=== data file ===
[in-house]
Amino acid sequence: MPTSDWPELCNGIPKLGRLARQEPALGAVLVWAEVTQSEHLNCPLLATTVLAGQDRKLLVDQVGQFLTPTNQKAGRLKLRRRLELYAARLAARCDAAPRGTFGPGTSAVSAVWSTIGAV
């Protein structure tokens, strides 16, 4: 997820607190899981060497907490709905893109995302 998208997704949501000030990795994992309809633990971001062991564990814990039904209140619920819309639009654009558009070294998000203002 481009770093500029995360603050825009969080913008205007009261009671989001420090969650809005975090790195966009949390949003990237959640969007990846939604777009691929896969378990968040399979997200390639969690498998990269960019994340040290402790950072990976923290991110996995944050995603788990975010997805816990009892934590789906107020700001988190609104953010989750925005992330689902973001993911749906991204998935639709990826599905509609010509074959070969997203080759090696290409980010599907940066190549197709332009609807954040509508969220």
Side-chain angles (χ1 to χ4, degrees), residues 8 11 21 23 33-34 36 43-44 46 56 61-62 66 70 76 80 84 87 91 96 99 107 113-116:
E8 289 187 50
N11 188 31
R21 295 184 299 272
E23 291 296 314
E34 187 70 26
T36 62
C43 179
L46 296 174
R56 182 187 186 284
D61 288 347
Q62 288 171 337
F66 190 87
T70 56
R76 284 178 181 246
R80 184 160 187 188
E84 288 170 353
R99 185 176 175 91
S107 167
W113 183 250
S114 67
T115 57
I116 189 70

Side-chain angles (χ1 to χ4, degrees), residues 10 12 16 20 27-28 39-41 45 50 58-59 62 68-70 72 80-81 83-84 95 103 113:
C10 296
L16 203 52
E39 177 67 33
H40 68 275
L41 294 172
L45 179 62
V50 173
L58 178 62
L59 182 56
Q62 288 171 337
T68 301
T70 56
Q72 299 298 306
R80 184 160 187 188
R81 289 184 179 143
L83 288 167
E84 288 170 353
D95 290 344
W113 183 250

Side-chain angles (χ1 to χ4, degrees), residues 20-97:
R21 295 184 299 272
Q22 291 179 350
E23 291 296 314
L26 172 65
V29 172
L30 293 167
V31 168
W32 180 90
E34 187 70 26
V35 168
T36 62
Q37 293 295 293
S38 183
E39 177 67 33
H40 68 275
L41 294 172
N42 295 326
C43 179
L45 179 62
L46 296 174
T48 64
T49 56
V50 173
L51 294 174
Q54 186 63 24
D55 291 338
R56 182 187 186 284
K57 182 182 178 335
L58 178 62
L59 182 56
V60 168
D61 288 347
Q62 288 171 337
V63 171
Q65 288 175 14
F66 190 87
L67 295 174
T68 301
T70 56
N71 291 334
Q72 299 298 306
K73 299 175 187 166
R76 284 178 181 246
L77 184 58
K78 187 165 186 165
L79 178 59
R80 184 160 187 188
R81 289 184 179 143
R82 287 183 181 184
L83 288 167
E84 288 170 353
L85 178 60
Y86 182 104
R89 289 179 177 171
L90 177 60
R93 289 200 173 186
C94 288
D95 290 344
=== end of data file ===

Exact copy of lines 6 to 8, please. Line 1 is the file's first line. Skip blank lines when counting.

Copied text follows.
N11 188 31
R21 295 184 299 272
E23 291 296 314